Classic Europe Trip

I finally found some time (or more accurately, energy) to write about my last month in Europe during the summer of 2009. In order to keep things short I included only one highlight from each country. Here we go.

Europa Classica


After spending a few weeks full of sun and partying in eastern Europe and days full of nature in Switzerland, I felt it was time to experience some of northern Europe’s classic countries and their stylish capitals.

1. Scotland, Edinburgh
Highlight: nonstop laughing at the biggest comedy festival in the world

I landed in Edinburgh for the last days of the famous international festival with heavy rain and thick dark clouds as if they had been brought directly from Antarctica. I changed my flip flops with heavy trekking shoes and put a jacket on for the first time in 4 months of travelling.

How I felt inside, however, was completely different. I felt light and airy, full of anticipation for lots of laughs. I have been a long advocate for live comedy during my years in Melbourne. Every major comedian comes to Edinburgh to try and win a prize that will ensure him certain success in the other festivals around the world.
The festival itself has over 2000 shows a day (and I think the same number of pubs) and it is not only about comedy but also about music, dance, theatre, street performance, and circus. It caters to almost every taste and budget. Some are free, and some are costly, some are funny and some are not-so-funny.

So here I was, jumping from show to show, or pub to pub, or whatever, blending with the charm and atmosphere of the streets of Edinburgh. It was probably not the most glamorous festival I’ve seen, but it definitely filled me with joy, lightness, and more than anything, lots of laughter.

2. England, London
Highlight: a (very) long weekend at the pub(s)

I only had one weekend in London (still not sure why) and I honestly thought I’d properly tour the city and its historical landmarks, but my old friend Raf, who now lives in London and who graciously offered to host me, was thinking differently.

As I arrived to Raf’s very well located apartment, a cold beer immediately found its way into my hands, and I also got told that we were about to leave. I could not find a reason to argue and not long after (and still in the Holding Beer position) I was in one of central London’s better pubs.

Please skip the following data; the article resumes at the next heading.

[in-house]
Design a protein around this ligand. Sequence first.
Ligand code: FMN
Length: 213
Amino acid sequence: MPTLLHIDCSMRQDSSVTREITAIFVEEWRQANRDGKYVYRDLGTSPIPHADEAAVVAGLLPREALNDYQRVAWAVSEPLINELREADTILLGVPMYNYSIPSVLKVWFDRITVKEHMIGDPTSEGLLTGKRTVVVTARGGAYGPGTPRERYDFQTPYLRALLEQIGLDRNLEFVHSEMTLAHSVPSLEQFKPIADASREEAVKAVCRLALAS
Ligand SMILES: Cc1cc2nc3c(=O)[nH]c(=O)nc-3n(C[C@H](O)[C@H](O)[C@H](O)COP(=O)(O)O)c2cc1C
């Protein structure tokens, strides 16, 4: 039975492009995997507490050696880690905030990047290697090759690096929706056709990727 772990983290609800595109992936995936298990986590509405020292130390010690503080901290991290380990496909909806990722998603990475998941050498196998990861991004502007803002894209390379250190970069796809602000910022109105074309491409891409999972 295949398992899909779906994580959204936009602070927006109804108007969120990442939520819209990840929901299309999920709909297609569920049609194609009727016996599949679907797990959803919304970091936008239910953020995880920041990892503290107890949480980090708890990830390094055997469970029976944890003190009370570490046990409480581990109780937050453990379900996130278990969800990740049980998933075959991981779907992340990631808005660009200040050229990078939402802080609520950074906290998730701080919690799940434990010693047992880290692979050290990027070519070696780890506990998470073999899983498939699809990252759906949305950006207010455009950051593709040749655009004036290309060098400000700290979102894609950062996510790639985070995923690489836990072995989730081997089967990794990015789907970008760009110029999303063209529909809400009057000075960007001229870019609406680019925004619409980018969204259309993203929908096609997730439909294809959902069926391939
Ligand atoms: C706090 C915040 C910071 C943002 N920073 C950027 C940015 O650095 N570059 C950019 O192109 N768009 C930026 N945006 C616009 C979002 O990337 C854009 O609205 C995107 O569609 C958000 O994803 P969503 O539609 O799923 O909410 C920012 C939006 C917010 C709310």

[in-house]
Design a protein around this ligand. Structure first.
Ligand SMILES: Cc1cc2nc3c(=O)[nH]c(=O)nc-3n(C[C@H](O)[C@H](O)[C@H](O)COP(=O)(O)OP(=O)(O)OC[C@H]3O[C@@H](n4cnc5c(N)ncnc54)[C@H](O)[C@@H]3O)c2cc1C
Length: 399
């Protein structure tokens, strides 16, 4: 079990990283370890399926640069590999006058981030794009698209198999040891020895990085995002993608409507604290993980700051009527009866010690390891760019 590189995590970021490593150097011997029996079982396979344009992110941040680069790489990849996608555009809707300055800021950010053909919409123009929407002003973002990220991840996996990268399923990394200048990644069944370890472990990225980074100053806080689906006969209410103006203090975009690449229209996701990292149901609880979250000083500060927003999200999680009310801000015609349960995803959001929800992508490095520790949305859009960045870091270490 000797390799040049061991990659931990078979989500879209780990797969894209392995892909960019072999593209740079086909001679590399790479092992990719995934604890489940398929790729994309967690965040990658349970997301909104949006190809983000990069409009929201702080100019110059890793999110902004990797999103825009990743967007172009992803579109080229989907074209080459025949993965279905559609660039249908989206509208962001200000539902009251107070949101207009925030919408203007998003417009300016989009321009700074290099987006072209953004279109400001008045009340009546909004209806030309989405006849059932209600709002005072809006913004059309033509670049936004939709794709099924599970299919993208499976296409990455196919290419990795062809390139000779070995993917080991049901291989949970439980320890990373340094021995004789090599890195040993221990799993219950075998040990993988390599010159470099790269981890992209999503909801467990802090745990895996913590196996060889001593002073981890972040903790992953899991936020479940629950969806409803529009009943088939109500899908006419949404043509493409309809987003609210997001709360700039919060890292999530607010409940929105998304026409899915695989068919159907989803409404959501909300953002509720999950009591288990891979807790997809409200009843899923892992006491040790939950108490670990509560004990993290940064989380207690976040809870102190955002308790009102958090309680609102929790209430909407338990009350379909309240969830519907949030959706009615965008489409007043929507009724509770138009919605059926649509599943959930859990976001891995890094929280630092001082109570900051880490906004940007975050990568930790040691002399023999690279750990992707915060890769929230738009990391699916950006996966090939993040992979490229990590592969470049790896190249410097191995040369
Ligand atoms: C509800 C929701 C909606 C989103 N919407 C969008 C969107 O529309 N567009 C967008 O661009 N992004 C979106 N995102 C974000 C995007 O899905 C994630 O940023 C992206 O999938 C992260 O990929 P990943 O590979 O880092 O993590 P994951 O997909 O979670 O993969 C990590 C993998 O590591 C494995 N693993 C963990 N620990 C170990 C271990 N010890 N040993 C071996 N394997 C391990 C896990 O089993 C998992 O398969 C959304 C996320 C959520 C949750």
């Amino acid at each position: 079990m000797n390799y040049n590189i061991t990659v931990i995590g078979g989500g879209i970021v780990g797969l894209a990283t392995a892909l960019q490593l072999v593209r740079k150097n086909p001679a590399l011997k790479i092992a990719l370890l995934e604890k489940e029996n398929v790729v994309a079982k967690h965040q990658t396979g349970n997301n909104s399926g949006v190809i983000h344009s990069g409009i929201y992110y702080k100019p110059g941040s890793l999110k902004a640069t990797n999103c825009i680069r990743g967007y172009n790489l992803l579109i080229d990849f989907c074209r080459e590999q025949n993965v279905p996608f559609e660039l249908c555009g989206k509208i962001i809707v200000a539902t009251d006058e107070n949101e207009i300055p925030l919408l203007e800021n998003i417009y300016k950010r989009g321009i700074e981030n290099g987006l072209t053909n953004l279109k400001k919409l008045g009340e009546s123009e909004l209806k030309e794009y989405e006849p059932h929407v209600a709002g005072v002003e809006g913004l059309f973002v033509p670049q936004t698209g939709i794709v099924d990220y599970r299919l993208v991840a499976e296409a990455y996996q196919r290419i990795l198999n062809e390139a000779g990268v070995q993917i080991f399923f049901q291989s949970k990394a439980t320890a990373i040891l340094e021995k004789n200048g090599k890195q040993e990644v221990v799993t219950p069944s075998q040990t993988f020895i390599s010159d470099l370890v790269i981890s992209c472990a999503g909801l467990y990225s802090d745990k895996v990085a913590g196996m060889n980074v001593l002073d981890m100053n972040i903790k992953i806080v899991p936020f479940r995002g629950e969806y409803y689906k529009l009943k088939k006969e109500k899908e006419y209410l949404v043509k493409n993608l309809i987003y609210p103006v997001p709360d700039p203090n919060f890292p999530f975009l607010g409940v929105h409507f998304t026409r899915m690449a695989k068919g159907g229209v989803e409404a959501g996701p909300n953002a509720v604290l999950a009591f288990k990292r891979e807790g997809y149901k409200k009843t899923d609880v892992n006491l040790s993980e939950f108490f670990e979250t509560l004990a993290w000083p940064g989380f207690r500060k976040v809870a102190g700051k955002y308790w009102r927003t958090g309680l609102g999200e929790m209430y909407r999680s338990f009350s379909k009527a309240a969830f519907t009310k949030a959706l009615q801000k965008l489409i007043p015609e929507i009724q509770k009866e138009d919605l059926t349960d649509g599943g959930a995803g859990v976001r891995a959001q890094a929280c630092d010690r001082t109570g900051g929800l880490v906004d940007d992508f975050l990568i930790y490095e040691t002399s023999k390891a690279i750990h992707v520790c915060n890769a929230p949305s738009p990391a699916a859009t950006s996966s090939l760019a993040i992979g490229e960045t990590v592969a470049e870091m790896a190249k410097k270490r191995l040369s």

10 hours later I’m still in the pub (and still in the Holding Beer position), this time with a large group of newly made friends (whoever said that London people are not friendly has obviously never gone out on the weekend…and is obviously not a beer drinker). I actually managed to drag myself out of the pub for a few hours, only to find myself the next morning, once again, in the pub – this time for breakfast (which seems very common in London). And the story goes on and on and on until the very next day.

I must admit that I felt a bit guilty for having done only one landmark tour in London (that is to say, the English pub) but it was one of the most entertaining weekends I have ever had. I never imagined I’d participate in another Ironman event during my trip. That very long weekend definitely felt like one. Guess I’m just happy that my liver lived to tell the story.

3. France, Paris
Highlight: a (very) long day (and night) of walking through the streets of Paris

After a whole pub-weekend in London I was committed to explore some of the iconic landmarks of Paris. I was obviously a bit naive, as Paris is filled with so many historical monuments that even a month would probably not be sufficient. Literally every corner of the city is covered by history and tradition.

Just as in Rome, I was strolling the streets for a full day without a care in the world, enjoying the special atmosphere that the city so well cultivates. So when the night fell, I was just happy to meet my French host and sit somewhere with a good bottle of French wine. Aurelien, my generous host, had different plans (mmm, sounds familiar…), and once again I found myself in the streets of Paris, this time for street exploration during the night.

Although I felt like a broken-down athlete after a marathon who has just been convinced to run another one, I was very grateful to my host. You haven’t really seen the Eiffel tower until you have seen it glimmering in the night, or seeing the famous Moulin Rouge windmill sparkling at night.